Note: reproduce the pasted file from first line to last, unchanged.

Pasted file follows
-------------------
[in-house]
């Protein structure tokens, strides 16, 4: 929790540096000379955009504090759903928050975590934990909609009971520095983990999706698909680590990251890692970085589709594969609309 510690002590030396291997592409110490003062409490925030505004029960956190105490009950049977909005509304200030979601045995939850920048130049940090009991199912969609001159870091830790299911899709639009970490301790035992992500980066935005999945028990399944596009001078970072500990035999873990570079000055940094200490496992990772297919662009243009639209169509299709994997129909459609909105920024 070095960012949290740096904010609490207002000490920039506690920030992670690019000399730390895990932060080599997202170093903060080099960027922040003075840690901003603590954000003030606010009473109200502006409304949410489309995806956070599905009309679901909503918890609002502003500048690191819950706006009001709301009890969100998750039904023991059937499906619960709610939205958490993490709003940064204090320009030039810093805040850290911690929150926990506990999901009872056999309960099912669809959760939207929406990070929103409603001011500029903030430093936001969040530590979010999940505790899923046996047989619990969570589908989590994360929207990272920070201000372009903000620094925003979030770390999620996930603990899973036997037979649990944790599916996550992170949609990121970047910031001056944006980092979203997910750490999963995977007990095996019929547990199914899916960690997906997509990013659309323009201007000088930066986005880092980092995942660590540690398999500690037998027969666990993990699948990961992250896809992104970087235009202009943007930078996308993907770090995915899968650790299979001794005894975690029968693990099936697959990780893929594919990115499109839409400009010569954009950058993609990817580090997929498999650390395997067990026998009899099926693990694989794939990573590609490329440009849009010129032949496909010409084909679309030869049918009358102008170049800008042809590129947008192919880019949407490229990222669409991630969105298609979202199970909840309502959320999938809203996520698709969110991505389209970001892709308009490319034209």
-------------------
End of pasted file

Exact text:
[in-house]
């Protein structure tokens, strides 16, 4: 929790540096000379955009504090759903928050975590934990909609009971520095983990999706698909680590990251890692970085589709594969609309 510690002590030396291997592409110490003062409490925030505004029960956190105490009950049977909005509304200030979601045995939850920048130049940090009991199912969609001159870091830790299911899709639009970490301790035992992500980066935005999945028990399944596009001078970072500990035999873990570079000055940094200490496992990772297919662009243009639209169509299709994997129909459609909105920024 070095960012949290740096904010609490207002000490920039506690920030992670690019000399730390895990932060080599997202170093903060080099960027922040003075840690901003603590954000003030606010009473109200502006409304949410489309995806956070599905009309679901909503918890609002502003500048690191819950706006009001709301009890969100998750039904023991059937499906619960709610939205958490993490709003940064204090320009030039810093805040850290911690929150926990506990999901009872056999309960099912669809959760939207929406990070929103409603001011500029903030430093936001969040530590979010999940505790899923046996047989619990969570589908989590994360929207990272920070201000372009903000620094925003979030770390999620996930603990899973036997037979649990944790599916996550992170949609990121970047910031001056944006980092979203997910750490999963995977007990095996019929547990199914899916960690997906997509990013659309323009201007000088930066986005880092980092995942660590540690398999500690037998027969666990993990699948990961992250896809992104970087235009202009943007930078996308993907770090995915899968650790299979001794005894975690029968693990099936697959990780893929594919990115499109839409400009010569954009950058993609990817580090997929498999650390395997067990026998009899099926693990694989794939990573590609490329440009849009010129032949496909010409084909679309030869049918009358102008170049800008042809590129947008192919880019949407490229990222669409991630969105298609979202199970909840309502959320999938809203996520698709969110991505389209970001892709308009490319034209």